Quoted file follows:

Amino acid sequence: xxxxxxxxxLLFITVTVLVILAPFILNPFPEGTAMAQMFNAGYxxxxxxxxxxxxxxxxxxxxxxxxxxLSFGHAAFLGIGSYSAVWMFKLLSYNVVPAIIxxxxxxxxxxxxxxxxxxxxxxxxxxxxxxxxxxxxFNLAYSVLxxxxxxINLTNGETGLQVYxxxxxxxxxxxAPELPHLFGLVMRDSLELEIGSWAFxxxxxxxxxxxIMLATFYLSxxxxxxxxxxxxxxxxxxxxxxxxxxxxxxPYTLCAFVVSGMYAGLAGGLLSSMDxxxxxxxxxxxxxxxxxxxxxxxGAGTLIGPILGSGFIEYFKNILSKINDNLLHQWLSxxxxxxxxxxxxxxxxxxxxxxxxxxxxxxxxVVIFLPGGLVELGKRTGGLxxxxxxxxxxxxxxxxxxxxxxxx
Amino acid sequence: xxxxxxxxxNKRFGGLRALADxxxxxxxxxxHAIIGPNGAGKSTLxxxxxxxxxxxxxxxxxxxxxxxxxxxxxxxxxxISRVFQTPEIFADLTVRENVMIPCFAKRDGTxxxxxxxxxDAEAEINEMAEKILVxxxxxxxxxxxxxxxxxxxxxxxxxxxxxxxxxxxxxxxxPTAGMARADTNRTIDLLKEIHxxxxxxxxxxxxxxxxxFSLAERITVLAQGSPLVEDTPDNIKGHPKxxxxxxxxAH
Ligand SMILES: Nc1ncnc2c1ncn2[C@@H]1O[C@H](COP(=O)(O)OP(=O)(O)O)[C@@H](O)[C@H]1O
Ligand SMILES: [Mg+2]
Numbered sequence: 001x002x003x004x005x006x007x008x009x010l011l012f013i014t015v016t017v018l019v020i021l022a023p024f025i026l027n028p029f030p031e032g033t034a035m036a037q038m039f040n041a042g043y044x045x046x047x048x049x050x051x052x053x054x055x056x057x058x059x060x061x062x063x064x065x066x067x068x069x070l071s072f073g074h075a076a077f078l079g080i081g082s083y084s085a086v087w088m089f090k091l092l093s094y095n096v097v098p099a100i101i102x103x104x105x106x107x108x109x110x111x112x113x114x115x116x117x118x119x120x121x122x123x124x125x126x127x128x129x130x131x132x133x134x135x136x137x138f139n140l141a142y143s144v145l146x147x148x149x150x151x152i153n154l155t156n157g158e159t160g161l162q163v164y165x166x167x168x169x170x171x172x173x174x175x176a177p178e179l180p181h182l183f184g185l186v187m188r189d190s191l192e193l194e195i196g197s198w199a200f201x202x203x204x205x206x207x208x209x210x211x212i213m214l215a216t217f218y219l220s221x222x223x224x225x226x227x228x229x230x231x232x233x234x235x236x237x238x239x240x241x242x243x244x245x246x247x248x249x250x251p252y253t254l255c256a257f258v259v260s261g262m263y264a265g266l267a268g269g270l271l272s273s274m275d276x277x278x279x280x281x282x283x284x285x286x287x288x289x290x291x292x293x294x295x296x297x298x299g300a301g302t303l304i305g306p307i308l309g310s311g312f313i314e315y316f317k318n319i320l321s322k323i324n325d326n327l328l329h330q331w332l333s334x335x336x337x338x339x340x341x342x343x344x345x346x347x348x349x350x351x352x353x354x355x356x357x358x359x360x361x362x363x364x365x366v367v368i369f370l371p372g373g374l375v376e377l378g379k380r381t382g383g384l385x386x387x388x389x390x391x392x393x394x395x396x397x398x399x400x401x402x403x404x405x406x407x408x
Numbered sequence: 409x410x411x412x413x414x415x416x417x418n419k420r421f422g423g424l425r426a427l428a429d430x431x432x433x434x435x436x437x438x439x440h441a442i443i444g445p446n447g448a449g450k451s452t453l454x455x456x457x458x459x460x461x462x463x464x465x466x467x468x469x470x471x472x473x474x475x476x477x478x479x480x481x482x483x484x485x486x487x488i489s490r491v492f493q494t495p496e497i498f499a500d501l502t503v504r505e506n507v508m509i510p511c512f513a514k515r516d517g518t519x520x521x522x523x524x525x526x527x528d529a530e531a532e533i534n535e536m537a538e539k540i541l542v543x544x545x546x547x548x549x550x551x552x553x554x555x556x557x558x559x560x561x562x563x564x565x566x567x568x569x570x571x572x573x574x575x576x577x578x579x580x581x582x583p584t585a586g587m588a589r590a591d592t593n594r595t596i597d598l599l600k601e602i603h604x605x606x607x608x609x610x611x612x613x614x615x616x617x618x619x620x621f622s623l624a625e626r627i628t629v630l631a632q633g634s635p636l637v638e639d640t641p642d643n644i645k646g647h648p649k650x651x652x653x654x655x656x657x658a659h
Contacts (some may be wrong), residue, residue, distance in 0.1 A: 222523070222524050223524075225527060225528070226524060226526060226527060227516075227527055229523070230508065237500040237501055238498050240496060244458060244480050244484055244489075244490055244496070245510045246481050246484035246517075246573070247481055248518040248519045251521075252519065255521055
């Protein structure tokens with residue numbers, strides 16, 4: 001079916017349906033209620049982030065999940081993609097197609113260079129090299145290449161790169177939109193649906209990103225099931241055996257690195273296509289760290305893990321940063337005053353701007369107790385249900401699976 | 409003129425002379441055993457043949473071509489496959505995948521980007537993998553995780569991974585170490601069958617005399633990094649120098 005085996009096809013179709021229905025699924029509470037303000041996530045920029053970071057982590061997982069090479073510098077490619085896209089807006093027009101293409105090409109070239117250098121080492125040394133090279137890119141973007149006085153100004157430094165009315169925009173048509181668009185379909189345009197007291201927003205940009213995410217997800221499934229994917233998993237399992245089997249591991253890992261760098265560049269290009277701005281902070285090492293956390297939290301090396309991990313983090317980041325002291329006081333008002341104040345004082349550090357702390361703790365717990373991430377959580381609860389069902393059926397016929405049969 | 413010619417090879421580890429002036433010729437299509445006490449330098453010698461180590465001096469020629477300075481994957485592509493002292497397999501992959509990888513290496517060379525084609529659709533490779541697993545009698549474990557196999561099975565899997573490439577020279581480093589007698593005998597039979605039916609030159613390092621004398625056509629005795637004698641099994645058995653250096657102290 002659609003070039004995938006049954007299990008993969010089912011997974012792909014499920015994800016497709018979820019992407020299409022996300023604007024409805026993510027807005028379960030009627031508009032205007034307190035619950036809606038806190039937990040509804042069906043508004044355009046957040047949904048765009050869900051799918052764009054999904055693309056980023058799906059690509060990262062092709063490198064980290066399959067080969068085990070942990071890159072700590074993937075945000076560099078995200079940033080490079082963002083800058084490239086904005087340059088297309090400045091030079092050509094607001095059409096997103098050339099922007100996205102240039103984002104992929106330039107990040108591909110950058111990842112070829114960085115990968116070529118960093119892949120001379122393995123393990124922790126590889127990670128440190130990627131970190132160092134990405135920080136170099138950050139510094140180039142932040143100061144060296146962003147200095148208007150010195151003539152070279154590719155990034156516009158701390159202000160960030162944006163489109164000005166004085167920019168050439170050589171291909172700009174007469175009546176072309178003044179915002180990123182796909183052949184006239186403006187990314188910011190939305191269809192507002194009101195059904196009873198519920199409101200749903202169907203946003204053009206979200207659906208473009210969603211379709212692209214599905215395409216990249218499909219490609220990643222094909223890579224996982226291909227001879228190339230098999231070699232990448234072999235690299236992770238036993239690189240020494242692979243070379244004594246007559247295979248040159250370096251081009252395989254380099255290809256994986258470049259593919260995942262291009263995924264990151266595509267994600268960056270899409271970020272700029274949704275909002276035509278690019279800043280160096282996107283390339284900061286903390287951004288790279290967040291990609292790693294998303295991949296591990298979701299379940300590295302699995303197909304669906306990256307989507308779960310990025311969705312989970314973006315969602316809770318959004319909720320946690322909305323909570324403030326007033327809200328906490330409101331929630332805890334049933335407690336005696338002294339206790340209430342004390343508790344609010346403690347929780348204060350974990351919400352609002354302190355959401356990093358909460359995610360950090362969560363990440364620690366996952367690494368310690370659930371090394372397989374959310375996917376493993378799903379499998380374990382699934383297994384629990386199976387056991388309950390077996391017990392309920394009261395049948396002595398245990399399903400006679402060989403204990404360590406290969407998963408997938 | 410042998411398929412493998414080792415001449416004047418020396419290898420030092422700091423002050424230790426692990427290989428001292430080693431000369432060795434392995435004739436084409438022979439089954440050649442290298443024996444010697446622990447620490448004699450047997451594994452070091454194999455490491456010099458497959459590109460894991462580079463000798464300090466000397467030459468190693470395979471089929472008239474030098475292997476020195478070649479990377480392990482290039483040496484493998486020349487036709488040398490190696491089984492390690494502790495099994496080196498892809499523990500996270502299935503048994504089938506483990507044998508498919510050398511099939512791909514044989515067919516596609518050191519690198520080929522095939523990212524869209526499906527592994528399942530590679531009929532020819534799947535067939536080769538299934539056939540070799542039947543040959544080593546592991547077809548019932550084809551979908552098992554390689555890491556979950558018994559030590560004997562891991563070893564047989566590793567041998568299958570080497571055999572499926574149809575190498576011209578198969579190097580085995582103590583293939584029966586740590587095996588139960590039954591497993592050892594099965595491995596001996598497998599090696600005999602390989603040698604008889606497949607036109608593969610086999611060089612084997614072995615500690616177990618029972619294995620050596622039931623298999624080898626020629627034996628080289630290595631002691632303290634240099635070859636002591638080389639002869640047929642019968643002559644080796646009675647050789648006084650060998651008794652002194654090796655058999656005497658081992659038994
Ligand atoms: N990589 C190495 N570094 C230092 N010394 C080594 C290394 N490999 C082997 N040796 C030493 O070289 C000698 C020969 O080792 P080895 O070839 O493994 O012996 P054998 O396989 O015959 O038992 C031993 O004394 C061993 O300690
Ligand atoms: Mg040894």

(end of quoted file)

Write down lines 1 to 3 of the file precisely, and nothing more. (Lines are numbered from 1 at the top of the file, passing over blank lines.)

Amino acid sequence: xxxxxxxxxLLFITVTVLVILAPFILNPFPEGTAMAQMFNAGYxxxxxxxxxxxxxxxxxxxxxxxxxxLSFGHAAFLGIGSYSAVWMFKLLSYNVVPAIIxxxxxxxxxxxxxxxxxxxxxxxxxxxxxxxxxxxxFNLAYSVLxxxxxxINLTNGETGLQVYxxxxxxxxxxxAPELPHLFGLVMRDSLELEIGSWAFxxxxxxxxxxxIMLATFYLSxxxxxxxxxxxxxxxxxxxxxxxxxxxxxxPYTLCAFVVSGMYAGLAGGLLSSMDxxxxxxxxxxxxxxxxxxxxxxxGAGTLIGPILGSGFIEYFKNILSKINDNLLHQWLSxxxxxxxxxxxxxxxxxxxxxxxxxxxxxxxxVVIFLPGGLVELGKRTGGLxxxxxxxxxxxxxxxxxxxxxxxx
Amino acid sequence: xxxxxxxxxNKRFGGLRALADxxxxxxxxxxHAIIGPNGAGKSTLxxxxxxxxxxxxxxxxxxxxxxxxxxxxxxxxxxISRVFQTPEIFADLTVRENVMIPCFAKRDGTxxxxxxxxxDAEAEINEMAEKILVxxxxxxxxxxxxxxxxxxxxxxxxxxxxxxxxxxxxxxxxPTAGMARADTNRTIDLLKEIHxxxxxxxxxxxxxxxxxFSLAERITVLAQGSPLVEDTPDNIKGHPKxxxxxxxxAH
Ligand SMILES: Nc1ncnc2c1ncn2[C@@H]1O[C@H](COP(=O)(O)OP(=O)(O)O)[C@@H](O)[C@H]1O